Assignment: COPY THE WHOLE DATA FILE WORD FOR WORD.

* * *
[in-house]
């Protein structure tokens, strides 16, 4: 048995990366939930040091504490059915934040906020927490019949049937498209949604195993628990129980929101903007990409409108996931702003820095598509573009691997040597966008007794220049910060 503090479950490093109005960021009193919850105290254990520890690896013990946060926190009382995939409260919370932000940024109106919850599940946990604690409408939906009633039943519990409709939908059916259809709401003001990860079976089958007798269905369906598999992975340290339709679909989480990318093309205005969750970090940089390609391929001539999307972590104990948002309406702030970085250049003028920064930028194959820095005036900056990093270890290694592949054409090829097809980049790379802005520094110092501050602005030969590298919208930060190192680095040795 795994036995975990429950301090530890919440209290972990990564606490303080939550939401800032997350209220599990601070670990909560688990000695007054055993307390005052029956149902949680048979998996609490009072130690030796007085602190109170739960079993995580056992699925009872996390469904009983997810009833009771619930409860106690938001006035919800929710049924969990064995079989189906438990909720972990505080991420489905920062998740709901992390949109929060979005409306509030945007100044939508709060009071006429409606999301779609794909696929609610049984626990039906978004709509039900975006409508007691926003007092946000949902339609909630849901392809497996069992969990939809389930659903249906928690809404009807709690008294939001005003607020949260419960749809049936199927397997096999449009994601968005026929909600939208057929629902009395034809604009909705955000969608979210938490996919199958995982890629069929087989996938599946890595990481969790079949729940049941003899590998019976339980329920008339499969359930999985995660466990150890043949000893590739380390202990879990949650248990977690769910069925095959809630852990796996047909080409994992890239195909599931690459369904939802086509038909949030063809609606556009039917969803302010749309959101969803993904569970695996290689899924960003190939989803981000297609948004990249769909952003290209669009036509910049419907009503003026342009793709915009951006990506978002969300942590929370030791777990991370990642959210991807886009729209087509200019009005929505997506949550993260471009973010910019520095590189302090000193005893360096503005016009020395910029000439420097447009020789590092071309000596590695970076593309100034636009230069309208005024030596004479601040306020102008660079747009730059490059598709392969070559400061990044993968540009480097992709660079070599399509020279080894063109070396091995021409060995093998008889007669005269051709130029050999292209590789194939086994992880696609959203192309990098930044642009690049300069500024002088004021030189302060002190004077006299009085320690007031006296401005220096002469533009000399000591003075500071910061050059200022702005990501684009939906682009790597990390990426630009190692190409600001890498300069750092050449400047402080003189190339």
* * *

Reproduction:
[in-house]
């Protein structure tokens, strides 16, 4: 048995990366939930040091504490059915934040906020927490019949049937498209949604195993628990129980929101903007990409409108996931702003820095598509573009691997040597966008007794220049910060 503090479950490093109005960021009193919850105290254990520890690896013990946060926190009382995939409260919370932000940024109106919850599940946990604690409408939906009633039943519990409709939908059916259809709401003001990860079976089958007798269905369906598999992975340290339709679909989480990318093309205005969750970090940089390609391929001539999307972590104990948002309406702030970085250049003028920064930028194959820095005036900056990093270890290694592949054409090829097809980049790379802005520094110092501050602005030969590298919208930060190192680095040795 795994036995975990429950301090530890919440209290972990990564606490303080939550939401800032997350209220599990601070670990909560688990000695007054055993307390005052029956149902949680048979998996609490009072130690030796007085602190109170739960079993995580056992699925009872996390469904009983997810009833009771619930409860106690938001006035919800929710049924969990064995079989189906438990909720972990505080991420489905920062998740709901992390949109929060979005409306509030945007100044939508709060009071006429409606999301779609794909696929609610049984626990039906978004709509039900975006409508007691926003007092946000949902339609909630849901392809497996069992969990939809389930659903249906928690809404009807709690008294939001005003607020949260419960749809049936199927397997096999449009994601968005026929909600939208057929629902009395034809604009909705955000969608979210938490996919199958995982890629069929087989996938599946890595990481969790079949729940049941003899590998019976339980329920008339499969359930999985995660466990150890043949000893590739380390202990879990949650248990977690769910069925095959809630852990796996047909080409994992890239195909599931690459369904939802086509038909949030063809609606556009039917969803302010749309959101969803993904569970695996290689899924960003190939989803981000297609948004990249769909952003290209669009036509910049419907009503003026342009793709915009951006990506978002969300942590929370030791777990991370990642959210991807886009729209087509200019009005929505997506949550993260471009973010910019520095590189302090000193005893360096503005016009020395910029000439420097447009020789590092071309000596590695970076593309100034636009230069309208005024030596004479601040306020102008660079747009730059490059598709392969070559400061990044993968540009480097992709660079070599399509020279080894063109070396091995021409060995093998008889007669005269051709130029050999292209590789194939086994992880696609959203192309990098930044642009690049300069500024002088004021030189302060002190004077006299009085320690007031006296401005220096002469533009000399000591003075500071910061050059200022702005990501684009939906682009790597990390990426630009190692190409600001890498300069750092050449400047402080003189190339």